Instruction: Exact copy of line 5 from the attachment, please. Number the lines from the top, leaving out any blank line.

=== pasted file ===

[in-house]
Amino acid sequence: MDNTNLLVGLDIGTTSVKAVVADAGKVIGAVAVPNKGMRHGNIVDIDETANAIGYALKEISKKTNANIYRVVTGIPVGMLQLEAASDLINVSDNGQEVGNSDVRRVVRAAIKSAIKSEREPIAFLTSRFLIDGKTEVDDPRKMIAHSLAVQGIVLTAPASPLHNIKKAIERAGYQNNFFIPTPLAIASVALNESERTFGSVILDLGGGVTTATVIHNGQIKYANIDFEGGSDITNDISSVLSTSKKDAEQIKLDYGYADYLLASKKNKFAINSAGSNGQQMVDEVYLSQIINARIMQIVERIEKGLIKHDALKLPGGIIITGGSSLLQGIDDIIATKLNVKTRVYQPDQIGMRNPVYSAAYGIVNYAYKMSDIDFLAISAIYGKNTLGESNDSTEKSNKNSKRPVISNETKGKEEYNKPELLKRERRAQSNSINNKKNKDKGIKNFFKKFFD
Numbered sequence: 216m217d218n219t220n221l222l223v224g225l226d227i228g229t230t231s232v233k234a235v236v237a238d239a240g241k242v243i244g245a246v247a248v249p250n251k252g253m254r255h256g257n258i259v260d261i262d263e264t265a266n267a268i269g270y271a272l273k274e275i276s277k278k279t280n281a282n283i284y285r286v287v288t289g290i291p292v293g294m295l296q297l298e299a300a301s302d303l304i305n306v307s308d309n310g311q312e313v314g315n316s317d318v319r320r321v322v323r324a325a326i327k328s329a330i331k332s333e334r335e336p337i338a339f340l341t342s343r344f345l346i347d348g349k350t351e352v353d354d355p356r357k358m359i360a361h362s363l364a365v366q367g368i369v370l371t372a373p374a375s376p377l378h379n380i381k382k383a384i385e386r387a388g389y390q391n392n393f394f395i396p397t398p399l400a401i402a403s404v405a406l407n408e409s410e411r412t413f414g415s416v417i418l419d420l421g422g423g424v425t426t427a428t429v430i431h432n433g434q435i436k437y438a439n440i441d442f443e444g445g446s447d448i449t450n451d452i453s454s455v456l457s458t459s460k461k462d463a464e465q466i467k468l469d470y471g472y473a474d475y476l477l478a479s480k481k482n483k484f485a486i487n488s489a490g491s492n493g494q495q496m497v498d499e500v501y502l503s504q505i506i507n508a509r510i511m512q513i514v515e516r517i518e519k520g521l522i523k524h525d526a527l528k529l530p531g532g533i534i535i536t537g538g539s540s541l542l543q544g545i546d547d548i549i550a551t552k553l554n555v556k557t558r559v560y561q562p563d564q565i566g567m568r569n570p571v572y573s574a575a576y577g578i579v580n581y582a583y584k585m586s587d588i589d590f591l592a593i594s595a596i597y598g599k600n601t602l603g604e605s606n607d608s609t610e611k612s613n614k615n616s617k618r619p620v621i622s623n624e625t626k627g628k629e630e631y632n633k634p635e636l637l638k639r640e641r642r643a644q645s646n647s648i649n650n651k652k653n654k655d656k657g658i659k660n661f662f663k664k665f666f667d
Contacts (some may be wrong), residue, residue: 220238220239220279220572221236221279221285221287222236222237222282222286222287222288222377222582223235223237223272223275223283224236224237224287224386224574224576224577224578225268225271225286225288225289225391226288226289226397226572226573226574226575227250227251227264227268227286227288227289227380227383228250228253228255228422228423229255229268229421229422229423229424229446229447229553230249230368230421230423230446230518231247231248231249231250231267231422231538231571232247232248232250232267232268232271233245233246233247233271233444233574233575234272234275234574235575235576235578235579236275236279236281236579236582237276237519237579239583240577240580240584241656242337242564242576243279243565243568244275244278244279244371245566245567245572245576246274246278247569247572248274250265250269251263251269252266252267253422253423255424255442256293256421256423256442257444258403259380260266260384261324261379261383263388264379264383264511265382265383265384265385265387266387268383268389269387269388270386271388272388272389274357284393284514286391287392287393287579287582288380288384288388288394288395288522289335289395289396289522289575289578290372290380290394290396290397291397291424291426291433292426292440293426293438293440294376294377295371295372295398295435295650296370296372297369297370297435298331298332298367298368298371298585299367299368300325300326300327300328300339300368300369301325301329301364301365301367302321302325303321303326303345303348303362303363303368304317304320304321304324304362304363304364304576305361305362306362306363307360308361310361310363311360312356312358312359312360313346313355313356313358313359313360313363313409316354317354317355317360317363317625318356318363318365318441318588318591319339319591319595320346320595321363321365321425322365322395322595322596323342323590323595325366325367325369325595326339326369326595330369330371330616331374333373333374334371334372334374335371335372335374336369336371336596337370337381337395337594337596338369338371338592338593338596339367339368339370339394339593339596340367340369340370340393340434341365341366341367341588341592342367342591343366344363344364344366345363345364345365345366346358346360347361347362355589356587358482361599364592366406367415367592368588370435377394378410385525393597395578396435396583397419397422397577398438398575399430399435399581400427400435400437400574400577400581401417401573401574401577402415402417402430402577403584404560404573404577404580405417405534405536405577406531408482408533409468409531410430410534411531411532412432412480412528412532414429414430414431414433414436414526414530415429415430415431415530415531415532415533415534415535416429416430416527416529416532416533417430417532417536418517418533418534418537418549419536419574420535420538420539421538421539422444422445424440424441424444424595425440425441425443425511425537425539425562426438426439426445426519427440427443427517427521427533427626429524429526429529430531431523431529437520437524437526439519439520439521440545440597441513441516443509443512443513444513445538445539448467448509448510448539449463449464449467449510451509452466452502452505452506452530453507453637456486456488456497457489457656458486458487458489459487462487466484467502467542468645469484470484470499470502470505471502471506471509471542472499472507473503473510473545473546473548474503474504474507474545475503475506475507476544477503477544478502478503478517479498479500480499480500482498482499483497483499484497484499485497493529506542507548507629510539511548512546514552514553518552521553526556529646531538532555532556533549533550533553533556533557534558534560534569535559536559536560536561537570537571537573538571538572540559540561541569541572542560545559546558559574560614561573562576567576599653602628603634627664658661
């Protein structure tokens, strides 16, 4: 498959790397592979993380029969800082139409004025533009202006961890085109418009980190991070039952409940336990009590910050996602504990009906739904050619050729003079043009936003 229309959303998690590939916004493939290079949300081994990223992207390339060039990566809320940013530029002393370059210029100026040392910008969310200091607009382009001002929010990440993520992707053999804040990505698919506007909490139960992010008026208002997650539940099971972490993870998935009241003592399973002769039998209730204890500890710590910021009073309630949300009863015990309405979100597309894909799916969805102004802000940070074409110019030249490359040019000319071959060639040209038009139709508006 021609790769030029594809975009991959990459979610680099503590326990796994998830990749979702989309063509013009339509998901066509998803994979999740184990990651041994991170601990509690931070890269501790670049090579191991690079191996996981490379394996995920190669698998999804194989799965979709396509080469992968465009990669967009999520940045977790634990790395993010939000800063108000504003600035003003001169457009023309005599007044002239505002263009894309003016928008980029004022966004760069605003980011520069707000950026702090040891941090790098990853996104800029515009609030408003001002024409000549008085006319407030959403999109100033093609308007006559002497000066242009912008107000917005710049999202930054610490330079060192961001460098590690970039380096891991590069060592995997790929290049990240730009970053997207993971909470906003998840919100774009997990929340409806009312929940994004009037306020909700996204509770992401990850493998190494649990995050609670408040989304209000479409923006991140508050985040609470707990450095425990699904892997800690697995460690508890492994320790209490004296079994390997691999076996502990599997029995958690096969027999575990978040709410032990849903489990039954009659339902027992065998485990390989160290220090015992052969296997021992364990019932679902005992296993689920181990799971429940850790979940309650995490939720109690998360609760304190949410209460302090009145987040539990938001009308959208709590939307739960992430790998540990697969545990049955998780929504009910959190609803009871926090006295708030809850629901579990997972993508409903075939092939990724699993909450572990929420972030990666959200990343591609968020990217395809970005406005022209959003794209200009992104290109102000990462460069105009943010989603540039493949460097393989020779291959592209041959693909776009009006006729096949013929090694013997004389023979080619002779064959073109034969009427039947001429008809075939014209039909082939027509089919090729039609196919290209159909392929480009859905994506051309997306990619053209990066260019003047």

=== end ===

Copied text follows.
């Protein structure tokens, strides 16, 4: 498959790397592979993380029969800082139409004025533009202006961890085109418009980190991070039952409940336990009590910050996602504990009906739904050619050729003079043009936003 229309959303998690590939916004493939290079949300081994990223992207390339060039990566809320940013530029002393370059210029100026040392910008969310200091607009382009001002929010990440993520992707053999804040990505698919506007909490139960992010008026208002997650539940099971972490993870998935009241003592399973002769039998209730204890500890710590910021009073309630949300009863015990309405979100597309894909799916969805102004802000940070074409110019030249490359040019000319071959060639040209038009139709508006 021609790769030029594809975009991959990459979610680099503590326990796994998830990749979702989309063509013009339509998901066509998803994979999740184990990651041994991170601990509690931070890269501790670049090579191991690079191996996981490379394996995920190669698998999804194989799965979709396509080469992968465009990669967009999520940045977790634990790395993010939000800063108000504003600035003003001169457009023309005599007044002239505002263009894309003016928008980029004022966004760069605003980011520069707000950026702090040891941090790098990853996104800029515009609030408003001002024409000549008085006319407030959403999109100033093609308007006559002497000066242009912008107000917005710049999202930054610490330079060192961001460098590690970039380096891991590069060592995997790929290049990240730009970053997207993971909470906003998840919100774009997990929340409806009312929940994004009037306020909700996204509770992401990850493998190494649990995050609670408040989304209000479409923006991140508050985040609470707990450095425990699904892997800690697995460690508890492994320790209490004296079994390997691999076996502990599997029995958690096969027999575990978040709410032990849903489990039954009659339902027992065998485990390989160290220090015992052969296997021992364990019932679902005992296993689920181990799971429940850790979940309650995490939720109690998360609760304190949410209460302090009145987040539990938001009308959208709590939307739960992430790998540990697969545990049955998780929504009910959190609803009871926090006295708030809850629901579990997972993508409903075939092939990724699993909450572990929420972030990666959200990343591609968020990217395809970005406005022209959003794209200009992104290109102000990462460069105009943010989603540039493949460097393989020779291959592209041959693909776009009006006729096949013929090694013997004389023979080619002779064959073109034969009427039947001429008809075939014209039909082939027509089919090729039609196919290209159909392929480009859905994506051309997306990619053209990066260019003047």